"Building for the future?! They should be running around reacting to the present!" -John Moltz
Reply
"Building for the future?! They should be running around reacting to the present!" -John Moltz
Reply
post #36 of 133
Quote:
Originally Posted by snova View Post
 

there is a troubling trend in that software is continued to be devaluated. First through the Open Source movement, then through introduction of relatively low priced App store models and free Ad based models and social networks.  Companies which make their money purely from SW products (w/o adds) are finding it hard to convince people to pay a premium for their offerings and make compelling updated versions worthy of upgrade.   Many are going to a forced subscription models like Adobe and Microsoft because of this upgrade issue.    I'm not sure it will be successful based on the backlash I have observed from users.   I fear that pure SW companies as we know it are in trouble.  


I only use basic functionality of word processing programs and spreadsheets. Libreoffice works fine for me on my Mac and GNU/Linux boxes. I even use their presentation software sometimes. I'm not trying to impress people with moving colorful spinning objects when I give presentations. I show images and text and go from page to page with information. If I want to embed a video it can be done.

 

Exactly how much better is Microsux Word compared to some of the free or even low cost word processors out there? How specialized can a text document creator really be? I remember typewriters. They seemed to create wonderful text documents that communicated messages very well. With LibreOffice I can create documents that only a print shop could create many years ago. Computers today can share documents and allow contributions from many people. I get all of that with the Libreoffice program. Prior to that I used OpenOffice. I'm experimenting with Google Drive and it seems to work well and it gives me numerous fonts from which to choose.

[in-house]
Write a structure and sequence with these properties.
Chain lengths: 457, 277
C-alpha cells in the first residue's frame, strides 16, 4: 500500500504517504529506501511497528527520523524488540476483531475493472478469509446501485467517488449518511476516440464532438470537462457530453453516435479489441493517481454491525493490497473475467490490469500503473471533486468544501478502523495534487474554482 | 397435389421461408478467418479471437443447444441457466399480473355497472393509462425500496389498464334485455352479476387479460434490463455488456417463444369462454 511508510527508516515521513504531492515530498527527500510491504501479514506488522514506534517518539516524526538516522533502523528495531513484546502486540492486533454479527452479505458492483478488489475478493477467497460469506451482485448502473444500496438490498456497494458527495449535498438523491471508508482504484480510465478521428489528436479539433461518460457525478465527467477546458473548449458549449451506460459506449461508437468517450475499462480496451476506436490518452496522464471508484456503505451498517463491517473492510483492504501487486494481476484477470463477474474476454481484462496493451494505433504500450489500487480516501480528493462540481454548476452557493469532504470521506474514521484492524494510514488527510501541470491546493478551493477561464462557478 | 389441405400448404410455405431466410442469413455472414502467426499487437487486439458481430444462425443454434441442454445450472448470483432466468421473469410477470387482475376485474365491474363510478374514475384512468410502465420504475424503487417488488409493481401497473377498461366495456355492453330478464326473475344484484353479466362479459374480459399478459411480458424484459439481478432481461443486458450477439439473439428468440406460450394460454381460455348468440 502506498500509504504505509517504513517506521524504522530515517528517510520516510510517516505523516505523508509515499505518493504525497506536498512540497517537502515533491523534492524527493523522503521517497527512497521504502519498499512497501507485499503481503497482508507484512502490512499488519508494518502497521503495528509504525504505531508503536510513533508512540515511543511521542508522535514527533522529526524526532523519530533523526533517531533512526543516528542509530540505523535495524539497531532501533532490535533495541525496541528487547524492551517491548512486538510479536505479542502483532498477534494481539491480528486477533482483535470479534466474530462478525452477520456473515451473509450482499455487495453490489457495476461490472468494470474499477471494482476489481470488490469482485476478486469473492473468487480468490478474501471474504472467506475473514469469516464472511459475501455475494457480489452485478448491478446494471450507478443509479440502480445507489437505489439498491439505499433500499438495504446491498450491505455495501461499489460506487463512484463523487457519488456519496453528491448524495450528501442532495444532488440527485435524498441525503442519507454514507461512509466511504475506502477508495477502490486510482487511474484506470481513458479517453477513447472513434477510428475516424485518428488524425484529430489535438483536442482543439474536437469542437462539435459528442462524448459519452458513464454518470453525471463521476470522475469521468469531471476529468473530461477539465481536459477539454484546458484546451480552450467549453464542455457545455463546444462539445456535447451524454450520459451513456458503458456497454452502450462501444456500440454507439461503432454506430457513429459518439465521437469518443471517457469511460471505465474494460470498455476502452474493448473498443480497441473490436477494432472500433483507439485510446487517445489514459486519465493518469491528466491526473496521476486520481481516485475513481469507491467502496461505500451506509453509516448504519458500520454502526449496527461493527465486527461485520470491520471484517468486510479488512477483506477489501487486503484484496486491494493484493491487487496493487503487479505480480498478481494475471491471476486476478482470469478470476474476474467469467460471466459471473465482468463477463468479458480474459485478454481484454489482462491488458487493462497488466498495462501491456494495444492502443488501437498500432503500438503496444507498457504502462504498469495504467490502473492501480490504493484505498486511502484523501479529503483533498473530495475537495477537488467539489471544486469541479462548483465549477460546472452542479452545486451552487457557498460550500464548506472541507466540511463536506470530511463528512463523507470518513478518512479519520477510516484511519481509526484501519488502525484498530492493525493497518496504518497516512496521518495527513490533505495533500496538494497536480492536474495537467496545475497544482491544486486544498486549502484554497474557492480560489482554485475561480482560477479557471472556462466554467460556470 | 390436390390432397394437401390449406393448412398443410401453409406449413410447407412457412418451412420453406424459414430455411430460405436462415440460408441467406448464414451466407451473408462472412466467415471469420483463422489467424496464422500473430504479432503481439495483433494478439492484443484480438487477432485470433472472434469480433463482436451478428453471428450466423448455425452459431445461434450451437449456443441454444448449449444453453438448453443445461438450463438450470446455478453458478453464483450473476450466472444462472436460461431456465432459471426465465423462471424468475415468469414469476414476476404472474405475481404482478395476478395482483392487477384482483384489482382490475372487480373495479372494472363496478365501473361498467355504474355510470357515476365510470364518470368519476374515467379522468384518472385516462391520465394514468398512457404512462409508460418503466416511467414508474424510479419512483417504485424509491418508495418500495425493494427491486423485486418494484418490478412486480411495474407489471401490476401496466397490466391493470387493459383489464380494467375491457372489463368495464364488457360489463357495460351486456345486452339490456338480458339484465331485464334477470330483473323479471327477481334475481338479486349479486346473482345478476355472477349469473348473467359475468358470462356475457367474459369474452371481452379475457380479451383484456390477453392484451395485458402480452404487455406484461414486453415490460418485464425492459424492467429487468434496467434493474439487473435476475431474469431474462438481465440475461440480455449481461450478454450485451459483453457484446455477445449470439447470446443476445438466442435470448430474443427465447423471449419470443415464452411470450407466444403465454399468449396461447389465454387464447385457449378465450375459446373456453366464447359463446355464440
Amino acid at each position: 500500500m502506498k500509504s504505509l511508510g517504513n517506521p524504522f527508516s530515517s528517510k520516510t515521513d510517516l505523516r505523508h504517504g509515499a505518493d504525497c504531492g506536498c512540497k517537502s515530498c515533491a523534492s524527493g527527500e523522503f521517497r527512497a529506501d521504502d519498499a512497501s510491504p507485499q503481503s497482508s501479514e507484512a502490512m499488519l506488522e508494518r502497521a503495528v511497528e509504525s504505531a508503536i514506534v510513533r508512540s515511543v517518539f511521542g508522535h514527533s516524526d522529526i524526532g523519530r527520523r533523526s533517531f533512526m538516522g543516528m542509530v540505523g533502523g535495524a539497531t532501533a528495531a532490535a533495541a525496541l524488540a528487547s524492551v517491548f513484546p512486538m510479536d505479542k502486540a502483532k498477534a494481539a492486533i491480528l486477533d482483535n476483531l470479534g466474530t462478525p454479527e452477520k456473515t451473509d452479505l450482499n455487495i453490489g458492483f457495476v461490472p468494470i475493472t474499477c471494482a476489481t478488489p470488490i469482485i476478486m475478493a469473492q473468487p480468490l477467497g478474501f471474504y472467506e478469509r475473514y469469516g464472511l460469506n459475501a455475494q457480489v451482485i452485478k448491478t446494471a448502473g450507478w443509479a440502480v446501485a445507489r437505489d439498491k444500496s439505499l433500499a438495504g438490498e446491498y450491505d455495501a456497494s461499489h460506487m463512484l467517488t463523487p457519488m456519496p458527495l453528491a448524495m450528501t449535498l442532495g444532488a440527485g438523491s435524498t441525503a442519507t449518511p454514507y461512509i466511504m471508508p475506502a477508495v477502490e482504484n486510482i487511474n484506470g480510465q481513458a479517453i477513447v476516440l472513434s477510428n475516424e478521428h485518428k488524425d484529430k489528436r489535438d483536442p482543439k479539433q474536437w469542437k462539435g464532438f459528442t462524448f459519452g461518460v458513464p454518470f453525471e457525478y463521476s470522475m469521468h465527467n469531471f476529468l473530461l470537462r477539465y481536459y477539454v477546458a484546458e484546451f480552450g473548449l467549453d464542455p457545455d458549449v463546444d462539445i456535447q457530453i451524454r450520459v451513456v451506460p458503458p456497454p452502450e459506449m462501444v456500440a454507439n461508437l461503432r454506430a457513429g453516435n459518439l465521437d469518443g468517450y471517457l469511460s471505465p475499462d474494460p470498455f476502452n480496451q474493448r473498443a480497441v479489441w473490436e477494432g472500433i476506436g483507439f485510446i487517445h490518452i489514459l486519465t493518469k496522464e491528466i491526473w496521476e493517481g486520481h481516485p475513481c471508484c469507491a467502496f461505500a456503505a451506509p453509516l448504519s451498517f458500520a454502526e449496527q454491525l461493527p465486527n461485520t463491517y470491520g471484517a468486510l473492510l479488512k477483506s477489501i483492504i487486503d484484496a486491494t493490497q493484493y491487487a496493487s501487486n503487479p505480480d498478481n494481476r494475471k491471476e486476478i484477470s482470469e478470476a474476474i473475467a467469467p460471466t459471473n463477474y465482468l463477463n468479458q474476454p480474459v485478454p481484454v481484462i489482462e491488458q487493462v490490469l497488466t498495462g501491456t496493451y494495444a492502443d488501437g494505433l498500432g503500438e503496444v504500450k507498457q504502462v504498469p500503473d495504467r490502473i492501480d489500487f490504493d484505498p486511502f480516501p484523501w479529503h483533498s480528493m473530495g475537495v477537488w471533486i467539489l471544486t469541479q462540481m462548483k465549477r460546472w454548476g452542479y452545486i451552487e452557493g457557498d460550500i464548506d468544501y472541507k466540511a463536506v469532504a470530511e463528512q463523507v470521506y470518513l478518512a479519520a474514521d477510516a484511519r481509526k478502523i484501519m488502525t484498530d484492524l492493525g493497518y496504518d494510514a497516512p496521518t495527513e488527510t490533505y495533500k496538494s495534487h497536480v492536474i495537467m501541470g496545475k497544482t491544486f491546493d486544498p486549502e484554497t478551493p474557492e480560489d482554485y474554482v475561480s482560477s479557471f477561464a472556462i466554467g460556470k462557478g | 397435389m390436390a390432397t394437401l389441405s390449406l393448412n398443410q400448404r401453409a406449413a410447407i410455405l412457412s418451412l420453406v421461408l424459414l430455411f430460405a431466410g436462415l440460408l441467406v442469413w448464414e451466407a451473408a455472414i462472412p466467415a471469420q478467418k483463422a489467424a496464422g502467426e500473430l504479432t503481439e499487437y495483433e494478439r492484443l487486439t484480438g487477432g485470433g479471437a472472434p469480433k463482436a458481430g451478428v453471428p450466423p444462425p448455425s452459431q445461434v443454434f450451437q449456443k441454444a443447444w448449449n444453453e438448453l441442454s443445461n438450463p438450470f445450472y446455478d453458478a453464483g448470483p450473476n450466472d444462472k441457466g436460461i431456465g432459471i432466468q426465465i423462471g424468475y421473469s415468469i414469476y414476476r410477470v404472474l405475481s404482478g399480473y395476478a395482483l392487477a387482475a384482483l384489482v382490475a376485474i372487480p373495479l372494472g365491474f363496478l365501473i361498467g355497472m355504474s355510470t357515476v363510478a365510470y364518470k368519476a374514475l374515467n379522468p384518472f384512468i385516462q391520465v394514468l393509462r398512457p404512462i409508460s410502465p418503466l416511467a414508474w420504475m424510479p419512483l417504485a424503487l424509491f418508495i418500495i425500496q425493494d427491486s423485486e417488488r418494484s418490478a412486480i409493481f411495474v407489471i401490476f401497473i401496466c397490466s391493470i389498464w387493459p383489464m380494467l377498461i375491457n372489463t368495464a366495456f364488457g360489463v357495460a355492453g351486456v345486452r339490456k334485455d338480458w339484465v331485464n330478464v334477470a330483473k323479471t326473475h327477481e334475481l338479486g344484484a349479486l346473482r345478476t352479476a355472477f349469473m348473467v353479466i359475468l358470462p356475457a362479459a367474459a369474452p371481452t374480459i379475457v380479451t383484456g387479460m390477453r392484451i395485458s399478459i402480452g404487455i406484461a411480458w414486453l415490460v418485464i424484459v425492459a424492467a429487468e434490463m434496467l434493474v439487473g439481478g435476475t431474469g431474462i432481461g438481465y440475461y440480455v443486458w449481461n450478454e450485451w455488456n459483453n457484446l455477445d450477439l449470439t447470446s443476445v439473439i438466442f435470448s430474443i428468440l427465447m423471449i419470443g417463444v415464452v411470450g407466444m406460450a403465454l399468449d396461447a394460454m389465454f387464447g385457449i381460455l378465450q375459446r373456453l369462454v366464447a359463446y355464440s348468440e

Maybe the reason Microsux Office is continuing to remain is that the alternatives really aren't known or advertised to corporations.

post #37 of 133
Quote:
Originally Posted by Smallwheels View Post
 
Quote:
Originally Posted by snova View Post
 

there is a troubling trend in that software is continued to be devaluated. First through the Open Source movement, then through introduction of relatively low priced App store models and free Ad based models and social networks.  Companies which make their money purely from SW products (w/o adds) are finding it hard to convince people to pay a premium for their offerings and make compelling updated versions worthy of upgrade.   Many are going to a forced subscription models like Adobe and Microsoft because of this upgrade issue.    I'm not sure it will be successful based on the backlash I have observed from users.   I fear that pure SW companies as we know it are in trouble.  


I only use basic functionality of word processing programs and spreadsheets. Libreoffice works fine for me on my Mac and GNU/Linux boxes. I even use their presentation software sometimes. I'm not trying to impress people with moving colorful spinning objects when I give presentations. I show images and text and go from page to page with information. If I want to embed a video it can be done.

 

Exactly how much better is Microsux Word compared to some of the free or even low cost word processors out there? How specialized can a text document creator really be? I remember typewriters. They seemed to create wonderful text documents that communicated messages very well. With LibreOffice I can create documents that only a print shop could create many years ago. Computers today can share documents and allow contributions from many people. I get all of that with the Libreoffice program. Prior to that I used OpenOffice. I'm experimenting with Google Drive and it seems to work well and it gives me numerous fonts from which to choose.

 

Maybe the reason Microsux Office is continuing to remain is that the alternatives really aren't known or advertised to corporations.